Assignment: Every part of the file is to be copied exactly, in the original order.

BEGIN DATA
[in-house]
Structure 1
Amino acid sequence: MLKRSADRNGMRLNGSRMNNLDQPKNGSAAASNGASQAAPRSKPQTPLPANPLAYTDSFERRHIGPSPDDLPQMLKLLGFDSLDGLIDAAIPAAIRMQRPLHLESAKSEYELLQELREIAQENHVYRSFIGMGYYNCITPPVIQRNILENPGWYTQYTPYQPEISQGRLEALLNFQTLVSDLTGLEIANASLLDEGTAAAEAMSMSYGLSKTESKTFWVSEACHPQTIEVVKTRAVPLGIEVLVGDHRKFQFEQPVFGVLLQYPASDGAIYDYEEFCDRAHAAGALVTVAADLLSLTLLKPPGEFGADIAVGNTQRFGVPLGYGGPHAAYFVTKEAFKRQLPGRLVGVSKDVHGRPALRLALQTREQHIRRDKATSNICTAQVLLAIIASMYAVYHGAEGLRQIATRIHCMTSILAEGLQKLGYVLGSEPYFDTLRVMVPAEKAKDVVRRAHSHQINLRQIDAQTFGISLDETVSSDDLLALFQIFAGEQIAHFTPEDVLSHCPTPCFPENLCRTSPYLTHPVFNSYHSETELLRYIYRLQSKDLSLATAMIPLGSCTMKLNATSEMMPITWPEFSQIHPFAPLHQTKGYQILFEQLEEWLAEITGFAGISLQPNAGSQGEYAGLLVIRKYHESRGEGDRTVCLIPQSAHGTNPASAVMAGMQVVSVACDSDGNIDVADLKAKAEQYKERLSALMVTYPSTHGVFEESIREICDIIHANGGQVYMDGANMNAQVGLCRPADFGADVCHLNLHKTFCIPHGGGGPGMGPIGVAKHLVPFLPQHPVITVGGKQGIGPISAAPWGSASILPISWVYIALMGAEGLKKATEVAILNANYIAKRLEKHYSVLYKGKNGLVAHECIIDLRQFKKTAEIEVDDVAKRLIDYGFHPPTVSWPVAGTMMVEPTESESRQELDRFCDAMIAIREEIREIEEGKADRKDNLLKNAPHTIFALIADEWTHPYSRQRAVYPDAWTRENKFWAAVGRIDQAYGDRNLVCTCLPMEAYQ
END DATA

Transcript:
[in-house]
Structure 1
Amino acid sequence: MLKRSADRNGMRLNGSRMNNLDQPKNGSAAASNGASQAAPRSKPQTPLPANPLAYTDSFERRHIGPSPDDLPQMLKLLGFDSLDGLIDAAIPAAIRMQRPLHLESAKSEYELLQELREIAQENHVYRSFIGMGYYNCITPPVIQRNILENPGWYTQYTPYQPEISQGRLEALLNFQTLVSDLTGLEIANASLLDEGTAAAEAMSMSYGLSKTESKTFWVSEACHPQTIEVVKTRAVPLGIEVLVGDHRKFQFEQPVFGVLLQYPASDGAIYDYEEFCDRAHAAGALVTVAADLLSLTLLKPPGEFGADIAVGNTQRFGVPLGYGGPHAAYFVTKEAFKRQLPGRLVGVSKDVHGRPALRLALQTREQHIRRDKATSNICTAQVLLAIIASMYAVYHGAEGLRQIATRIHCMTSILAEGLQKLGYVLGSEPYFDTLRVMVPAEKAKDVVRRAHSHQINLRQIDAQTFGISLDETVSSDDLLALFQIFAGEQIAHFTPEDVLSHCPTPCFPENLCRTSPYLTHPVFNSYHSETELLRYIYRLQSKDLSLATAMIPLGSCTMKLNATSEMMPITWPEFSQIHPFAPLHQTKGYQILFEQLEEWLAEITGFAGISLQPNAGSQGEYAGLLVIRKYHESRGEGDRTVCLIPQSAHGTNPASAVMAGMQVVSVACDSDGNIDVADLKAKAEQYKERLSALMVTYPSTHGVFEESIREICDIIHANGGQVYMDGANMNAQVGLCRPADFGADVCHLNLHKTFCIPHGGGGPGMGPIGVAKHLVPFLPQHPVITVGGKQGIGPISAAPWGSASILPISWVYIALMGAEGLKKATEVAILNANYIAKRLEKHYSVLYKGKNGLVAHECIIDLRQFKKTAEIEVDDVAKRLIDYGFHPPTVSWPVAGTMMVEPTESESRQELDRFCDAMIAIREEIREIEEGKADRKDNLLKNAPHTIFALIADEWTHPYSRQRAVYPDAWTRENKFWAAVGRIDQAYGDRNLVCTCLPMEAYQ